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George William Fairfax, the manager of lands once including most of the Eastern Panhandle and himself a major landowner in present Jefferson County, was born in the Bahamas in 1724. He was the oldest son of William Fairfax, who was the cousin and agent of Lord Thomas Fairfax. Educated in England, George returned to America in 1746, to succeed his father as agent for Lord Fairfax, the proprietor of the largest land patent in Virginia and present West Virginia. George William Fairfax was the close friend and a relative by marriage of George Washington.

George William Fairfax accompanied the 1746 survey party that established the Fairfax Line and placed the original Fairfax Stone at the corner of present Preston, Grant, and Tucker counties. By 1748, he was operating from Belvoir, his father William’s beloved estate on the lower Potomac, where Lord Fairfax had set up his proprietor’s office. George inherited Belvoir at his father’s death in 1757. He also owned Shannondale, 19,170 acres straddling the Blue Ridge south of Harpers Ferry in present Jefferson County, granted him by his father.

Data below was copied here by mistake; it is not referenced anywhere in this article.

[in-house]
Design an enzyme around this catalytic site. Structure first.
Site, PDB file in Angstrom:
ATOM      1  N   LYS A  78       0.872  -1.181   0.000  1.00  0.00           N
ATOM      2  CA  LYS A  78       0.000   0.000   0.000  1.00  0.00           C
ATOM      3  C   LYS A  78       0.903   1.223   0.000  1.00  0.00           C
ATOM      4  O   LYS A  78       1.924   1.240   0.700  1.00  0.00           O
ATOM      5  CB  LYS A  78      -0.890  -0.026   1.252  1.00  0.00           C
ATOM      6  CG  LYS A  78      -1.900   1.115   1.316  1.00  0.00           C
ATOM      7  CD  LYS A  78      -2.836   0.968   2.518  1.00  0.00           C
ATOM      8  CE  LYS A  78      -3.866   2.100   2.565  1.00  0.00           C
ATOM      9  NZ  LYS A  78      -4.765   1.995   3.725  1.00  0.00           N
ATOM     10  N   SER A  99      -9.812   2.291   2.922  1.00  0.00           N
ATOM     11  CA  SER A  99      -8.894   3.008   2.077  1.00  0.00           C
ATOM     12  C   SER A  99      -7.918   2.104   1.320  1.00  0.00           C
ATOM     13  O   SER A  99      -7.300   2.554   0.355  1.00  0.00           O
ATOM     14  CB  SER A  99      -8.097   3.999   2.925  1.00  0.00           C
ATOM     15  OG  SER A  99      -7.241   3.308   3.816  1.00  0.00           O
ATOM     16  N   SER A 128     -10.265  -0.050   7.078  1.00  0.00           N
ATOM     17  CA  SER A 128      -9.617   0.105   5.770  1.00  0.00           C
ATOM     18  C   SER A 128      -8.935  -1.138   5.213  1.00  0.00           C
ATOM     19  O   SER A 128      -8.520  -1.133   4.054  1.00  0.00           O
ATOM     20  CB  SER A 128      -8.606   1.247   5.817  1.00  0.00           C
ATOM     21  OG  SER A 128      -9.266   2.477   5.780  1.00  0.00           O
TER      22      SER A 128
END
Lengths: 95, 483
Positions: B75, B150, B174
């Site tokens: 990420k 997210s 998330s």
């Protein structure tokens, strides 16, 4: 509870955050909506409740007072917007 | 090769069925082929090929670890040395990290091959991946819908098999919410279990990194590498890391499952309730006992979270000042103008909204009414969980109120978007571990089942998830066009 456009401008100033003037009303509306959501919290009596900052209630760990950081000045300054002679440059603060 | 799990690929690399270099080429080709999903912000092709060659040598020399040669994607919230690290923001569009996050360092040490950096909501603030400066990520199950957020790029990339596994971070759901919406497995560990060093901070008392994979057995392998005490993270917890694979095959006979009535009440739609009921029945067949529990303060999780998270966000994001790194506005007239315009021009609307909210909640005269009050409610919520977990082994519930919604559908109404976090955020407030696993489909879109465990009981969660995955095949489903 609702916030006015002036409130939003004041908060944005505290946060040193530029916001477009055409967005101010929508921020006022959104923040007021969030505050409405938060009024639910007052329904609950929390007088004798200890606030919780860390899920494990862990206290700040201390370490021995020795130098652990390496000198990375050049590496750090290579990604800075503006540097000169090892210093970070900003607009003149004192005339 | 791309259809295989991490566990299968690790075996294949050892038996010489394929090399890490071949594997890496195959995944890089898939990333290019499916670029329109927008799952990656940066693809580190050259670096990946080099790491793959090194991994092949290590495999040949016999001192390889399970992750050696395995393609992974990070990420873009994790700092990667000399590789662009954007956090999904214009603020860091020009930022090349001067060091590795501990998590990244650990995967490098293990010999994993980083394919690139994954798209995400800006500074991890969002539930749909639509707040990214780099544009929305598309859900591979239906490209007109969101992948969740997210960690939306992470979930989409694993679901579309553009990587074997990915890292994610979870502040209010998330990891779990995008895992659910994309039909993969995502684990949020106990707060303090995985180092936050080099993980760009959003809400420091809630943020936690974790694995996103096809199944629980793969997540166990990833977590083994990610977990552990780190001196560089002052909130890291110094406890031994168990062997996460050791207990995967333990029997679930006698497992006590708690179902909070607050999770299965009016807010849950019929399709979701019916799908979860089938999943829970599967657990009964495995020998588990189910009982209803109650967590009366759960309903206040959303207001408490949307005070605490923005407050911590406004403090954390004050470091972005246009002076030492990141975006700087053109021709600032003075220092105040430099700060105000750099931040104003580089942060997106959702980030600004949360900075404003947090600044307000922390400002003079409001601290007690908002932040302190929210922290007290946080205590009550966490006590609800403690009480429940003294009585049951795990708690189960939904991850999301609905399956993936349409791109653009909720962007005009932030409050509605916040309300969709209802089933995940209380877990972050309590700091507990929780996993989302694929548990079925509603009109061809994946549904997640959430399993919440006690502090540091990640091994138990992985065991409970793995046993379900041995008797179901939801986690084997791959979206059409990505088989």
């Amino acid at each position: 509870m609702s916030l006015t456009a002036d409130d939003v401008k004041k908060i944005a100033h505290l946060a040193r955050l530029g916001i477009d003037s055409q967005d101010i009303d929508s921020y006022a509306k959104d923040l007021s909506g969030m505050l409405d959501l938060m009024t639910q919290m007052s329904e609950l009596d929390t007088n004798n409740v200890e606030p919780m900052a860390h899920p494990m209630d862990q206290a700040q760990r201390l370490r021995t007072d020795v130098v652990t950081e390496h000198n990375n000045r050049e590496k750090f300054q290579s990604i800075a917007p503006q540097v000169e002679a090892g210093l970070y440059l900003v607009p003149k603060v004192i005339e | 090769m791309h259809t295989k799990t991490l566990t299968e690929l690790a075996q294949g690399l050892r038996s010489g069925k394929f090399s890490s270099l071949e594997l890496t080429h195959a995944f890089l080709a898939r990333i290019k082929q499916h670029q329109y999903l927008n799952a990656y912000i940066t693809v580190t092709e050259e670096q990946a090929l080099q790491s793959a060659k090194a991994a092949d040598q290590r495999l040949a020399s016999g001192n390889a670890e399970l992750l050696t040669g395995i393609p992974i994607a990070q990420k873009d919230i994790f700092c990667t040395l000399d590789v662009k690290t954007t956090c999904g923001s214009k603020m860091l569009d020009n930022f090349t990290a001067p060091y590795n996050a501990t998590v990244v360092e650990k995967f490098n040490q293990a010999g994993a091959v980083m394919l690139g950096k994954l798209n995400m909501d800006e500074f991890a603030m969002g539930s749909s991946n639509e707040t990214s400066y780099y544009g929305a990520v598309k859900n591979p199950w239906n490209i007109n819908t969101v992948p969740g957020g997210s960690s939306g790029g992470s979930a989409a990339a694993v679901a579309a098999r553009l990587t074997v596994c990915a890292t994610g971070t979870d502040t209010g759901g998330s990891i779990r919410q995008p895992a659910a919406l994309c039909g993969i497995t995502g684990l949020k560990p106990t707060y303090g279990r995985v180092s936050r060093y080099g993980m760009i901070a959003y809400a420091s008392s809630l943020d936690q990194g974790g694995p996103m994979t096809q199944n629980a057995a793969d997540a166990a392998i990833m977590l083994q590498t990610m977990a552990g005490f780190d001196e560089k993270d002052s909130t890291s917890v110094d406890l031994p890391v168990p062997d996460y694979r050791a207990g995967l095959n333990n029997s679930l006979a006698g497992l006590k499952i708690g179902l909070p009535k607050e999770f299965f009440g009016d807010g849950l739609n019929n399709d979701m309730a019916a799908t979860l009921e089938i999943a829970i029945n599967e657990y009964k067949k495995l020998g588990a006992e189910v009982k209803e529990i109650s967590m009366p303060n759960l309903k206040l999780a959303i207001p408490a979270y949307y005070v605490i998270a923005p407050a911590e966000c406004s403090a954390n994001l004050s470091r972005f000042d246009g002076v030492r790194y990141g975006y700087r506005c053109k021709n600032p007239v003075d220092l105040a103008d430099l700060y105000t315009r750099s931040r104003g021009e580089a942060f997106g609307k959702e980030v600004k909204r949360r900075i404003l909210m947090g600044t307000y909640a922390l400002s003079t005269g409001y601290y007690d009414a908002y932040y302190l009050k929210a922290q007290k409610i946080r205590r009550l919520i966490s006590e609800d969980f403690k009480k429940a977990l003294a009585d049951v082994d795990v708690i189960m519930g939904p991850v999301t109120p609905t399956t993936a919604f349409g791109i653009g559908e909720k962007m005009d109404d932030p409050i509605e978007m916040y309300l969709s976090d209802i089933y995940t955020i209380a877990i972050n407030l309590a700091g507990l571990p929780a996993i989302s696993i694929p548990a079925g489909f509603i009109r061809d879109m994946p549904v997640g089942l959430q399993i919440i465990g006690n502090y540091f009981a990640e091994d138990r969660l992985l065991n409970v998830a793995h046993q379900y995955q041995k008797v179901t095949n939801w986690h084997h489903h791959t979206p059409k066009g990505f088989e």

George William Fairfax worked intermittently as Lord Fairfax’s agent until 1773, when he and his wife, Sarah, left permanently for England due to ill health. He died there April 3, 1787.

This Article was written by Peter Silitch

Last Revised on November 27, 2023

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Brown, Stuart E. Jr. Virginia Baron. Berryville, VA: Chesapeake Book Co., 1965.

Cite This Article

Silitch, Peter "George William Fairfax." e-WV: The West Virginia Encyclopedia. 27 November 2023. Web. 14 April 2024.


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